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Discussion on: 11 Tips And Tricks To Write Better Python Code

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andrewharpin profile image
Andrew Harpin

I fundamentally disagree with 1, unless there is a performance benefit or some other benefit not covered by your simplistic example.

For a non-python coder or inexperienced python coder, your initial example is much more readable. It is obvious what is happening.

Someone unfamiliar with enumerate needs to learn what it does, what the parameter order is and then apply that understanding to the code below, with the first this is not required.

Additionally, the enumerate is potentially subject to errors as operator precedence is critical to its operation.

For 2, I have a passionate hatred of nested for or if operations, there are occasions where they are necessary, but these are generally quite rare.

As you mention, they affect code readability, but they also affect maintainability of the code, when the addition or change of functionality can become difficult.

A lot of people use them too frequently on the premise of code compaction, but this is just a cover for poor design, where better abstraction would be more beneficial.

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python_engineer profile image
Patrick Loeber Author • Edited on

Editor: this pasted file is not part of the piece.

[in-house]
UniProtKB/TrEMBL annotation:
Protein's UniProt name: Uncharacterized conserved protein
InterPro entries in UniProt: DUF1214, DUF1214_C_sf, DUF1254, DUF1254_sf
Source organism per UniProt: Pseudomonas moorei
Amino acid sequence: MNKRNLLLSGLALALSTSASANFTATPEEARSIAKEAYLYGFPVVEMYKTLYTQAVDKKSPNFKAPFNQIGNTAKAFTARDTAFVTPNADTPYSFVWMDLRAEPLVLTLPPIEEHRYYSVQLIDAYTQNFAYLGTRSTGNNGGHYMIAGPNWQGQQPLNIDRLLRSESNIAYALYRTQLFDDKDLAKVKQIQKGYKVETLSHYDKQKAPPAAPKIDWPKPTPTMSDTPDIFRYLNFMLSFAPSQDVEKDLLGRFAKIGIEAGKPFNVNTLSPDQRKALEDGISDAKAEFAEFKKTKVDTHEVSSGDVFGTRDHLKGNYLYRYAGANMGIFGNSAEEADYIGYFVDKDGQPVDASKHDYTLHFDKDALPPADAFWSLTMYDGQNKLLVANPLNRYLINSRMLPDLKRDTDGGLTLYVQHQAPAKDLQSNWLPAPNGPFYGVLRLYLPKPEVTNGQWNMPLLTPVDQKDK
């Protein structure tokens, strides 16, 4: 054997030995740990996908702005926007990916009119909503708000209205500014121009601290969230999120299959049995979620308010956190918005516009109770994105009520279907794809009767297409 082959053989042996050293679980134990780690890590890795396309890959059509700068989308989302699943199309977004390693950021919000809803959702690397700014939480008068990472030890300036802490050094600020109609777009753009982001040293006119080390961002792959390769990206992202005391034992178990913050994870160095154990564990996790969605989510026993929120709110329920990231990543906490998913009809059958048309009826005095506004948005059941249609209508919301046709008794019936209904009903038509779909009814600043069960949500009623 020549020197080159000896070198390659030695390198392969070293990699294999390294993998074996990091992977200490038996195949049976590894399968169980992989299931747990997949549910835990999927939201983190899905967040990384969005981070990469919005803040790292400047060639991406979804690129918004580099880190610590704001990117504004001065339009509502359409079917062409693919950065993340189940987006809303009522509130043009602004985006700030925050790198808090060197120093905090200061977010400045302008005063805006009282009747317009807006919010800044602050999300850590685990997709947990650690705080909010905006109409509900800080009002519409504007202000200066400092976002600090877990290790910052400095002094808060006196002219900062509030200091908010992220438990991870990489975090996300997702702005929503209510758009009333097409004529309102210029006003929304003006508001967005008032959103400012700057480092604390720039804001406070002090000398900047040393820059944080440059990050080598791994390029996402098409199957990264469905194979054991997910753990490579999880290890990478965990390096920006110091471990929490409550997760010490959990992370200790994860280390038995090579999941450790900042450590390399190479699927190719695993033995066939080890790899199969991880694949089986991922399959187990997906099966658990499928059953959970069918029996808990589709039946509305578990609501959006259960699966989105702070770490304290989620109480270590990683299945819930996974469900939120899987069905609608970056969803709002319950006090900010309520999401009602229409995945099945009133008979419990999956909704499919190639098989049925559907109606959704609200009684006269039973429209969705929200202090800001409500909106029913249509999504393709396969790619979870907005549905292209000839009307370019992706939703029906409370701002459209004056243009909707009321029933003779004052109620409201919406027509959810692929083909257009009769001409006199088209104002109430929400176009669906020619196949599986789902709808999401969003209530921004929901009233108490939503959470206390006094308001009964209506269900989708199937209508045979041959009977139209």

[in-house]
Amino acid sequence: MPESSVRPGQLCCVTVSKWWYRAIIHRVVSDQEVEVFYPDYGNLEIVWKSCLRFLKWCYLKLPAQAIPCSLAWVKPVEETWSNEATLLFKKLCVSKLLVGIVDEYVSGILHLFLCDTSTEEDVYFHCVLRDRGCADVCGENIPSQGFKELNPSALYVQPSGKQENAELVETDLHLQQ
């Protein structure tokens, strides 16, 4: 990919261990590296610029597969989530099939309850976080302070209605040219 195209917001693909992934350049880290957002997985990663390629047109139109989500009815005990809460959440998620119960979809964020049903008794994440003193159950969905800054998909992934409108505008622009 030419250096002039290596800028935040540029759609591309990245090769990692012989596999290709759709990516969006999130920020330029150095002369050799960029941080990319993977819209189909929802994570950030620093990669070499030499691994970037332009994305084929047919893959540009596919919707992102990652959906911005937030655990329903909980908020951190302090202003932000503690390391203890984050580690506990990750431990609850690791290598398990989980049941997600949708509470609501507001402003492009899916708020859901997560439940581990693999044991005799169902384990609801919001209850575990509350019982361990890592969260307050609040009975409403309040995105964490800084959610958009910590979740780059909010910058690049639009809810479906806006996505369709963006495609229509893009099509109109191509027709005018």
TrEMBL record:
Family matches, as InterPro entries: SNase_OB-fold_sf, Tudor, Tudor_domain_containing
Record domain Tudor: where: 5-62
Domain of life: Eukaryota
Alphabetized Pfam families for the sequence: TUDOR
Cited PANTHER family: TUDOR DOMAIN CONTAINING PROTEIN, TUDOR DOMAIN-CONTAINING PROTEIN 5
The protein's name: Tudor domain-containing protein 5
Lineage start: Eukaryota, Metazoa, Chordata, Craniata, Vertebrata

Thanks for the extensive feedback!
Agree with 2, a lot of people use them too frequently and we should be careful here.

I also agree that range(len()) is fine and might be better suited for a beginner. I would never teach a beginner this method the first time I'm showing the for-loop. But as I said in the beginning, I wanted to show how the code can be more elegant and Pythonic. I'm not sure if better readability always has to mean that the code should be suited for a complete beginner. And the enumerate function shouldn't be too hard to understand once someone learned about it.

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andrewharpin profile image
Andrew Harpin

I disagree that it is more elegant, my personal opinion is good code can be read by a non coder, at least from an overview perspective.

With the other solution they would struggle as it requires inside knowledge, whereas range and len are much more obvious.

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aezore profile image
Jose Rodriguez

I also prefer enumerate anytime. range(len()) seems to defeat the motto of “simple over complex”. enumerate seems quite descriptive to me (non-English speaker) and otherwise once explained falls flat. If you are concern about variable unpacking...it makes sense to iterate over an index if you come from C, but python “for-each” approach seems to me more readable. IMHO ❤️

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Vedran Čačić

First, please read python.org/dev/peps/pep-0279/. Python design is (or at least it was at the time enumerate was introduced) itself a well-designed community-driven peer-reviewed process. Somebody thought about all your objections and addressed them in a way that was deemed satisfactory by BDFL. Also see nedbatchelder.com/text/iter.html. There is more to loops than C-style "compare, add, dereference, increment" low-level twiddling.

Second, your other objections are just FUD. Parameter order? There is only one parameter. Yes, there is an optional one, but the usual convention (not only in Python) is that the optional parameter always follows the mandatory one. [It's incredibly ironic that the builtin you defend as completely obvious, range, is one of very rare exceptions to that rule.] And what does operator precedence do there? There are no operators at all in the usual use of enumerate.